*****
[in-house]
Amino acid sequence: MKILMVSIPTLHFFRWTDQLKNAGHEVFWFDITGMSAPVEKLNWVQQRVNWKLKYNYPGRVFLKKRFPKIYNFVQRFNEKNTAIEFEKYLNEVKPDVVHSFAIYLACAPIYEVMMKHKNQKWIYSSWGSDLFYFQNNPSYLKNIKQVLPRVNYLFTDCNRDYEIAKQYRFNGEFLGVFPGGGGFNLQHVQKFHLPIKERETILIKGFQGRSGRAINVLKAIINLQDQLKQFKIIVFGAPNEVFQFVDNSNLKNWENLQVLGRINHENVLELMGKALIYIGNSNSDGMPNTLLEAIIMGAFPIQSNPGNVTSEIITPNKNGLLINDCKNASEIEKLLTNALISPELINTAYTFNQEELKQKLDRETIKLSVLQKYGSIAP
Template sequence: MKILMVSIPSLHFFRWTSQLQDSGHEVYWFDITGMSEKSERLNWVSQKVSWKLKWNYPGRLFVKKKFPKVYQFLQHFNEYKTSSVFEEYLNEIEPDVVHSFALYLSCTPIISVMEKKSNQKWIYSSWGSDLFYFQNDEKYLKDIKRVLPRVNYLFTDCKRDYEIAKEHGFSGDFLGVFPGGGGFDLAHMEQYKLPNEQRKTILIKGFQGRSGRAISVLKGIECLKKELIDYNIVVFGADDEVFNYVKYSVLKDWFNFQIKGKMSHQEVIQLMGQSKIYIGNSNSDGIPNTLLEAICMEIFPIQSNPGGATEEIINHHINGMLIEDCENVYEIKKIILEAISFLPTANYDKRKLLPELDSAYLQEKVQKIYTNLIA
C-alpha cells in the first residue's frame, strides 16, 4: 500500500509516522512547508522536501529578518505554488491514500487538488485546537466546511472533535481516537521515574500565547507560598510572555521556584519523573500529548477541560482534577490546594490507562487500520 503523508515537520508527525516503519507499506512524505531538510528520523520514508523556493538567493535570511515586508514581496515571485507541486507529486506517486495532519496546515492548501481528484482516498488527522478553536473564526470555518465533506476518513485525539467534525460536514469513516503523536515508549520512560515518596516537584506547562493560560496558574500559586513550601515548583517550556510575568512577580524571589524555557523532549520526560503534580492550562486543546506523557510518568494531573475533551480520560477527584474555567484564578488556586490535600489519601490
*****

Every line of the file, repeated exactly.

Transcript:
[in-house]
Amino acid sequence: MKILMVSIPTLHFFRWTDQLKNAGHEVFWFDITGMSAPVEKLNWVQQRVNWKLKYNYPGRVFLKKRFPKIYNFVQRFNEKNTAIEFEKYLNEVKPDVVHSFAIYLACAPIYEVMMKHKNQKWIYSSWGSDLFYFQNNPSYLKNIKQVLPRVNYLFTDCNRDYEIAKQYRFNGEFLGVFPGGGGFNLQHVQKFHLPIKERETILIKGFQGRSGRAINVLKAIINLQDQLKQFKIIVFGAPNEVFQFVDNSNLKNWENLQVLGRINHENVLELMGKALIYIGNSNSDGMPNTLLEAIIMGAFPIQSNPGNVTSEIITPNKNGLLINDCKNASEIEKLLTNALISPELINTAYTFNQEELKQKLDRETIKLSVLQKYGSIAP
Template sequence: MKILMVSIPSLHFFRWTSQLQDSGHEVYWFDITGMSEKSERLNWVSQKVSWKLKWNYPGRLFVKKKFPKVYQFLQHFNEYKTSSVFEEYLNEIEPDVVHSFALYLSCTPIISVMEKKSNQKWIYSSWGSDLFYFQNDEKYLKDIKRVLPRVNYLFTDCKRDYEIAKEHGFSGDFLGVFPGGGGFDLAHMEQYKLPNEQRKTILIKGFQGRSGRAISVLKGIECLKKELIDYNIVVFGADDEVFNYVKYSVLKDWFNFQIKGKMSHQEVIQLMGQSKIYIGNSNSDGIPNTLLEAICMEIFPIQSNPGGATEEIINHHINGMLIEDCENVYEIKKIILEAISFLPTANYDKRKLLPELDSAYLQEKVQKIYTNLIA
C-alpha cells in the first residue's frame, strides 16, 4: 500500500509516522512547508522536501529578518505554488491514500487538488485546537466546511472533535481516537521515574500565547507560598510572555521556584519523573500529548477541560482534577490546594490507562487500520 503523508515537520508527525516503519507499506512524505531538510528520523520514508523556493538567493535570511515586508514581496515571485507541486507529486506517486495532519496546515492548501481528484482516498488527522478553536473564526470555518465533506476518513485525539467534525460536514469513516503523536515508549520512560515518596516537584506547562493560560496558574500559586513550601515548583517550556510575568512577580524571589524555557523532549520526560503534580492550562486543546506523557510518568494531573475533551480520560477527584474555567484564578488556586490535600489519601490